A tipsy goose hunter yesterday said he lived to tell the tale of being attacked by a 2m-long crocodile in northern Australia after poking the animal in the eye.
“We were shooting geese, my cousin-brother told me go and get the duck there,” 20-year-old Stephen Moreen told the Australian Broadcasting Corp. “I got the first goose. The second one... the number three one, he grabbed me on my arm. [The croc did] the death roll. Lucky for me when [we] went underwater I saw him and poked his eye. He let go. Once he let go he ran for the bank. My cousin-brother shot him.”
Moreen admitted he was “a little bit tipsy” and did not feel the pain when he was bitten on Friday evening near the remote community of Peppimenarti, 320km south-west of Darwin. He said he had some more beer while waiting for an ambulance to arrive.
“I wasn’t too worried until I saw the scars,” Moreen said. “It made me cry. I’m fine, I’m alive. It could have been bad. It could have got my leg. I was about waist deep [in water]. I have a scratch on my back, the rest on my arm. He ripped out a bit of skin and left me with two to three holes.”
Crocodiles are common in the tropical north of Australia, where numbers have increased since the introduction of protection laws in 1971, with government estimates putting the population at 75,000 to 100,000.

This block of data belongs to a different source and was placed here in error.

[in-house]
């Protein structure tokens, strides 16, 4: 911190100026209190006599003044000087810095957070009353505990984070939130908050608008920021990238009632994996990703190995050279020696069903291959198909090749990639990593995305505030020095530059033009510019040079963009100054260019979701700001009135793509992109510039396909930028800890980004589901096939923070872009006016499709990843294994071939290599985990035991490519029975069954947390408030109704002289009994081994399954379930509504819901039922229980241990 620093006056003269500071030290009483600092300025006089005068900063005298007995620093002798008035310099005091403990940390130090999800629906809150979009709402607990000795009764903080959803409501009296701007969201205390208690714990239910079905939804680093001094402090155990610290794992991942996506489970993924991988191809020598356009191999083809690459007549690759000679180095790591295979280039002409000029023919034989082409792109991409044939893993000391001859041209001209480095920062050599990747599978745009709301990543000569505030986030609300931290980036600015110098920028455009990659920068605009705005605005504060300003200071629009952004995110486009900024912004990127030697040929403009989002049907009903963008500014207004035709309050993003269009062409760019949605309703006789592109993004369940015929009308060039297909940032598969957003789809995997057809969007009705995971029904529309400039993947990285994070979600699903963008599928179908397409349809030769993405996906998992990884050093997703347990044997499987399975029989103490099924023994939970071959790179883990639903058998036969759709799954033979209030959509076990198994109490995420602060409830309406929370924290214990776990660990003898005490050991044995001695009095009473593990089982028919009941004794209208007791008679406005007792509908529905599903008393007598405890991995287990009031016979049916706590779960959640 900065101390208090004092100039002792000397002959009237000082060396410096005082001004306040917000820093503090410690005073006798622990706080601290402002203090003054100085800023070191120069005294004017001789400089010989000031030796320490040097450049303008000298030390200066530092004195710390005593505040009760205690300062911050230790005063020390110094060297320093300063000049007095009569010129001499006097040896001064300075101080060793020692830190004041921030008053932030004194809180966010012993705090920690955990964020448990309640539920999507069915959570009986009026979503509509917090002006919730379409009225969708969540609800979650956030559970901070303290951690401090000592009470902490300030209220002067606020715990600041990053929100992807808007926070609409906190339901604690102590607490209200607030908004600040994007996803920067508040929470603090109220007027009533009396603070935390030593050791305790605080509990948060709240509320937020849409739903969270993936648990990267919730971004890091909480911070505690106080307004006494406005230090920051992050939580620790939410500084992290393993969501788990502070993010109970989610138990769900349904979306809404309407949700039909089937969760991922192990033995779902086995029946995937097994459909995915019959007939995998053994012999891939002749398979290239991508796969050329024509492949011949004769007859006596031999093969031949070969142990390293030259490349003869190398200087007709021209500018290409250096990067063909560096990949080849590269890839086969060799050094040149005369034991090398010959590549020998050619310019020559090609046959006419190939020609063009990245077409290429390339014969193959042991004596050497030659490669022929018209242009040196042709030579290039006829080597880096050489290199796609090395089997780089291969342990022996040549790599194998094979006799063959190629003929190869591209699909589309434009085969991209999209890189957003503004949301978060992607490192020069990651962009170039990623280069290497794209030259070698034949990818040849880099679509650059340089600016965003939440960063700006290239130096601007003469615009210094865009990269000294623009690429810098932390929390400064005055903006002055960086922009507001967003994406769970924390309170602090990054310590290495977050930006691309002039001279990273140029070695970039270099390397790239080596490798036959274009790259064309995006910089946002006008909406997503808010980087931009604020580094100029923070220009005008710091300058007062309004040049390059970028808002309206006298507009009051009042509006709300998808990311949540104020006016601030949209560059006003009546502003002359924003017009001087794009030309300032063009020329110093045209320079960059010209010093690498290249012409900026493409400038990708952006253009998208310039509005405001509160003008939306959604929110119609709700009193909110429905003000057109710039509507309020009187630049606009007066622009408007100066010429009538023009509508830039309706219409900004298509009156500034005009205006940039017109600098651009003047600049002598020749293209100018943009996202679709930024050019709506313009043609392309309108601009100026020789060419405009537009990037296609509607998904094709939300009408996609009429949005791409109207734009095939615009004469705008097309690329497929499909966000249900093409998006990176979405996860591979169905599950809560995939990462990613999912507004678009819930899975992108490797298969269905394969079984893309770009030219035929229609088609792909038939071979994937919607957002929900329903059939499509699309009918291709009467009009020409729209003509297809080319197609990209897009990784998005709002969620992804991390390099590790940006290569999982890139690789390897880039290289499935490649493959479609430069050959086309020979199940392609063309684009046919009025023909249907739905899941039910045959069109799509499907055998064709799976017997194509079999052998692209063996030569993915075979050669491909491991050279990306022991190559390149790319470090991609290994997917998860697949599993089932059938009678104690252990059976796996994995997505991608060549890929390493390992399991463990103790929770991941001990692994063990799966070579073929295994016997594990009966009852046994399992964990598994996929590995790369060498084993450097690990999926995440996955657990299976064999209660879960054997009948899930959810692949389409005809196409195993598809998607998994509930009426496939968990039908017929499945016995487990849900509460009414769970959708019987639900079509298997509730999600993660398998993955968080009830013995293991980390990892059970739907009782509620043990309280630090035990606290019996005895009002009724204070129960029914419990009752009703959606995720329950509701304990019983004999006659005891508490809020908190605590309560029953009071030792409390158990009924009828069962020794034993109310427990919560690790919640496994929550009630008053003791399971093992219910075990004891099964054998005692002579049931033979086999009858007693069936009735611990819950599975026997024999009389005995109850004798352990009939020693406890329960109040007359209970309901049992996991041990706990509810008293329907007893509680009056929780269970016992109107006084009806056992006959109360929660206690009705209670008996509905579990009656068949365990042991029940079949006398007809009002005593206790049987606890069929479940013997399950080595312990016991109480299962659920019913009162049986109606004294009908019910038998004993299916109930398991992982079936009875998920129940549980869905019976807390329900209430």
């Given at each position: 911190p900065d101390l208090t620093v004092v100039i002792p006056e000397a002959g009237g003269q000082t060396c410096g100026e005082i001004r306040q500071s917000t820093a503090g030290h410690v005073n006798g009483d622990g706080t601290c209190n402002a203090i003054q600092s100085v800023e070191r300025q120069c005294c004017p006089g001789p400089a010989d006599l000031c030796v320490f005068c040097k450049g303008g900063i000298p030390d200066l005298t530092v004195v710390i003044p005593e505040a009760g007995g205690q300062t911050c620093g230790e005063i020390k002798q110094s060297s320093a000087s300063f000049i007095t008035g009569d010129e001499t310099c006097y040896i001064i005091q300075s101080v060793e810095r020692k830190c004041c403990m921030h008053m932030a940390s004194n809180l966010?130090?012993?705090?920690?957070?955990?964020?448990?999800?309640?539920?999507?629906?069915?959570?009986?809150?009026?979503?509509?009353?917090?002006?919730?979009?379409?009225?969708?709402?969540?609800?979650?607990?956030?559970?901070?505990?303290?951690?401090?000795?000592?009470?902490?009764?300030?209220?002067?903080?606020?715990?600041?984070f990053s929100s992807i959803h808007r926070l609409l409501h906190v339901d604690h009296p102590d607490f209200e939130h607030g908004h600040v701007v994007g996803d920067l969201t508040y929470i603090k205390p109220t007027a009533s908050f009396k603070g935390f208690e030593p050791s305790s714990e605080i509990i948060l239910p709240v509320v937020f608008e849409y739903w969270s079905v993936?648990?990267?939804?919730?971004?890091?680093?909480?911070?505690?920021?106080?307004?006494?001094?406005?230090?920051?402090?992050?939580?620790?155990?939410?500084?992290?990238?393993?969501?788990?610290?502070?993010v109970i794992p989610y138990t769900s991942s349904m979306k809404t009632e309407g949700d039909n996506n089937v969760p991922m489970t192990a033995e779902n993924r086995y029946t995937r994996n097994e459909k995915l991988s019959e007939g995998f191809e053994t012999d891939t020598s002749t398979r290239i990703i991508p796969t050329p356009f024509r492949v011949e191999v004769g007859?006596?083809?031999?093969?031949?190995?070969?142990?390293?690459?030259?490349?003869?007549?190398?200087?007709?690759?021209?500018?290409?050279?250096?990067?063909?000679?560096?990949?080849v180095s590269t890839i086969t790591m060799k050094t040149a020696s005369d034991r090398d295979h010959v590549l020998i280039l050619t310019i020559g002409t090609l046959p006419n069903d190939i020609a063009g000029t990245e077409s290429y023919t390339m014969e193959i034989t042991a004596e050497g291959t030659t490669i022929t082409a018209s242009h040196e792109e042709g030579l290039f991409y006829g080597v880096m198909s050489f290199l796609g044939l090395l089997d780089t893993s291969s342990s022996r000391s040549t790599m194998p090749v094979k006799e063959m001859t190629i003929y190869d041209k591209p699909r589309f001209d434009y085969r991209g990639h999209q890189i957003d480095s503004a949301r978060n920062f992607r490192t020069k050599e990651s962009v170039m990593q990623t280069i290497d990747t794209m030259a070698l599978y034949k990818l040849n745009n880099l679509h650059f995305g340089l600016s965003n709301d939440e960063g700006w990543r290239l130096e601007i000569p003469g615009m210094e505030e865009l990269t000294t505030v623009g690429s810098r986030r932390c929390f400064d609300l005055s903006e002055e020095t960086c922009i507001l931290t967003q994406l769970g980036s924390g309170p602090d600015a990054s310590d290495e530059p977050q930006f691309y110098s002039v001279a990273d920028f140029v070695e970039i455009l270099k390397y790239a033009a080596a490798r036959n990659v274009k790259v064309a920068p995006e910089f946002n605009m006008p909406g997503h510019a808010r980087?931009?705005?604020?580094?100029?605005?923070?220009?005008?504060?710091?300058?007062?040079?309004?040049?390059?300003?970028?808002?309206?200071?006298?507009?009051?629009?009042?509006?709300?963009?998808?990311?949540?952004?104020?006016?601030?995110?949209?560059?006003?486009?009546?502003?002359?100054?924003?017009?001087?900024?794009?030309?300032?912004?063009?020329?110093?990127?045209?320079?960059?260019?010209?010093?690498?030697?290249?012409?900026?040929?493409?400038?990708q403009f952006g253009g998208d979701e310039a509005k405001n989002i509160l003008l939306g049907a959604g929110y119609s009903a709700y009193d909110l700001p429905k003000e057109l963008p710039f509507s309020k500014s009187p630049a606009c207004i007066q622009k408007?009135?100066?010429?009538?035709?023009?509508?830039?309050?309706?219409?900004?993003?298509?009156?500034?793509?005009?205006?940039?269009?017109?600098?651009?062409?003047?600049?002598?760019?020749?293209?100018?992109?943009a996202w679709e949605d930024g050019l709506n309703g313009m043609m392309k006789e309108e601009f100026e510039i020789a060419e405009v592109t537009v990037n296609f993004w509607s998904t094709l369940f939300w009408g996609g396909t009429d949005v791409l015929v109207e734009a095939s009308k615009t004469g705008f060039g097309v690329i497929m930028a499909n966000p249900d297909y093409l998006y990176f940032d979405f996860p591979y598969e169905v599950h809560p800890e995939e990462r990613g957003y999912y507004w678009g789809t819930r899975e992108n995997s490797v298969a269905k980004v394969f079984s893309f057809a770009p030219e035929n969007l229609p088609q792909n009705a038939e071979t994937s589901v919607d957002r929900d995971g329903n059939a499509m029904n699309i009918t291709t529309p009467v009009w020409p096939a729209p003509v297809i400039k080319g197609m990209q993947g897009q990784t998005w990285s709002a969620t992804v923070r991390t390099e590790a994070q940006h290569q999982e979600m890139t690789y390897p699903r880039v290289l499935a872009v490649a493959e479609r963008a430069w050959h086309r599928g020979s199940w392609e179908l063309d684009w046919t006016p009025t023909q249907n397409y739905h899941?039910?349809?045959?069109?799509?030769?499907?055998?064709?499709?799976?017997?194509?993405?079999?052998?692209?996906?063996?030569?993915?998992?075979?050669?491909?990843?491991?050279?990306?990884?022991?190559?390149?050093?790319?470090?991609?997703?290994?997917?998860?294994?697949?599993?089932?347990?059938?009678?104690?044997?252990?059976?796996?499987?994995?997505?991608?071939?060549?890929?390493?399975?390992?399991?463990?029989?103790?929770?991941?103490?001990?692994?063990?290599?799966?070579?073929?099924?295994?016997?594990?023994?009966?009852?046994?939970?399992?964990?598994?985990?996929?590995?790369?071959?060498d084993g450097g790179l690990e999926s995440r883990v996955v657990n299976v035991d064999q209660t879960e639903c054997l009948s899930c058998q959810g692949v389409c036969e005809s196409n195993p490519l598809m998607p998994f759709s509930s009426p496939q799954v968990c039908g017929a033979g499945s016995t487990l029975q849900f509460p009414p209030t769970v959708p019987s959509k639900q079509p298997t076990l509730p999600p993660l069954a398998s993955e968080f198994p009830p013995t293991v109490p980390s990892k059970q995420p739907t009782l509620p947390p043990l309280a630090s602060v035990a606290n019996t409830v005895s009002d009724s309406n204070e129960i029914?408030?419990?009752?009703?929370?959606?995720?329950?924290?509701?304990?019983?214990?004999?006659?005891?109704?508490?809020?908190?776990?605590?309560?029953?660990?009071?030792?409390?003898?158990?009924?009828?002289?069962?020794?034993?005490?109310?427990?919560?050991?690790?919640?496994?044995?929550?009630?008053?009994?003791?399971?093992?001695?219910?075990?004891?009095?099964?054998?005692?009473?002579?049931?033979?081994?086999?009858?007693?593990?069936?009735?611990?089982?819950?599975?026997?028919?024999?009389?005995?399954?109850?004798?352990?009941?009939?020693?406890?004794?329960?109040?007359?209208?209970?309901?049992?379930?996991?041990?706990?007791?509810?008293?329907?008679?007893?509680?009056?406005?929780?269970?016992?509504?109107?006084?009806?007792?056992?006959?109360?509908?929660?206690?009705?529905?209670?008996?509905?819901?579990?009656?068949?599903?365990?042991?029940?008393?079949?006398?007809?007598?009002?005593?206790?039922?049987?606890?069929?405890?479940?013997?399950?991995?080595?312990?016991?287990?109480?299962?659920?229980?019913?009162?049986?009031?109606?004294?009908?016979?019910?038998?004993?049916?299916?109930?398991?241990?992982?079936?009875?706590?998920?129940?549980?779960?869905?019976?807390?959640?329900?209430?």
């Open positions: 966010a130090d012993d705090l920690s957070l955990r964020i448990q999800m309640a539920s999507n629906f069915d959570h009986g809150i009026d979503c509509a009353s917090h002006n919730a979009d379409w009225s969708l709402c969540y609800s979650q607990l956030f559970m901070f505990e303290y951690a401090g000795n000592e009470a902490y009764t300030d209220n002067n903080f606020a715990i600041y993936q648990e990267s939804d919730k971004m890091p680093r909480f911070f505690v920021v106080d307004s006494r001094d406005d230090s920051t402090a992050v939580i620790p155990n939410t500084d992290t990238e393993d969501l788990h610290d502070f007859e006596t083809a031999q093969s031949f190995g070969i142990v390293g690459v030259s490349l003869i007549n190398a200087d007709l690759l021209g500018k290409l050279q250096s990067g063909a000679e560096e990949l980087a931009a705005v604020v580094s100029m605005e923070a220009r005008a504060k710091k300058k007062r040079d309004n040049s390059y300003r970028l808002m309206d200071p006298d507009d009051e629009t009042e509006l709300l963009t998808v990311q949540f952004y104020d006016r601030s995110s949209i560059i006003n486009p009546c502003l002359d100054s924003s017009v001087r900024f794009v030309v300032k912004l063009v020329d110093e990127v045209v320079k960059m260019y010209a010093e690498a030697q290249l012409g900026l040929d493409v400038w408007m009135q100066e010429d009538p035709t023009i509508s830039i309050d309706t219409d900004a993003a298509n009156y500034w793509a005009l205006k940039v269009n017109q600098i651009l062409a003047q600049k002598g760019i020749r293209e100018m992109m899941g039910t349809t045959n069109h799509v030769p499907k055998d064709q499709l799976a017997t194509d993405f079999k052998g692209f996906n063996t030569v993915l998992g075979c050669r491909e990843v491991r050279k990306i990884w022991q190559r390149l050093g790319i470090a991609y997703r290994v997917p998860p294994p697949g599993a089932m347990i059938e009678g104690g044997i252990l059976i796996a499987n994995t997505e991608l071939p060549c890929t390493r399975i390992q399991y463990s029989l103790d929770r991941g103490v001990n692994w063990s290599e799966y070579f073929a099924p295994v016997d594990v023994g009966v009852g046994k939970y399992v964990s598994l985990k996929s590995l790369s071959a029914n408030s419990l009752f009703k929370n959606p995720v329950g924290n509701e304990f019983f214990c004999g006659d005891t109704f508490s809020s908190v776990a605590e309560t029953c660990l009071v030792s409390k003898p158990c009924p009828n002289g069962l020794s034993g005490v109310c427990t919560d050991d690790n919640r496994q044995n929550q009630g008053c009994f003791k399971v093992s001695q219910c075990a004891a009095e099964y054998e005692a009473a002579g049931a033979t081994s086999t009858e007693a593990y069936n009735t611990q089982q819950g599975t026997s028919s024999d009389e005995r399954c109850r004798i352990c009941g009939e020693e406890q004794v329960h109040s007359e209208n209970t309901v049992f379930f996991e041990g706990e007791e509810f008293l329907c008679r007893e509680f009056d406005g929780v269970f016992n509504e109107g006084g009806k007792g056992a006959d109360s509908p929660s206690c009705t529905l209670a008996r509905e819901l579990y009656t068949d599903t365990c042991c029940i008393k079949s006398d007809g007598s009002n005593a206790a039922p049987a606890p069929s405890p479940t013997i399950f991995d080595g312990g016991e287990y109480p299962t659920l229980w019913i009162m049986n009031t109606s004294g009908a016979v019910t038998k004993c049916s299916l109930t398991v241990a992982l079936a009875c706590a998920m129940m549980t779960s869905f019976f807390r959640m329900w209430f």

Last month the authorities shot a crocodile believed to have eaten a 57-year-old fisherman on the Adelaide River in the north. Also last month a 22-year-old man disappeared near a beach in the Northern Territory’s Melville Island, feared to have been taken by a crocodile.
In June, a crocodile snatched a man from his boat in the north’s Kakadu national park, while in January a 12-year-old boy was killed by a crocodile there.
Since her personal telephone number was posted online, Hong Kong democracy advocate and Hong Kong Confederation of Trade Unions chairperson Carol Ng has received menacing calls from strangers and been bombarded with messages calling her a “cockroach.” She is not alone. A sophisticated and shady Web site called HK Leaks has ramped up its “doxxing” — where people’s personal details are published online — of Hong Kong democracy advocates, targeting those it says have broken Hong Kong’s National Security Law. Promoted by groups linked to the Chinese Chinese Communist Party and hosted on Russia-based servers, HK Leaks has become the most prominent “doxxing”
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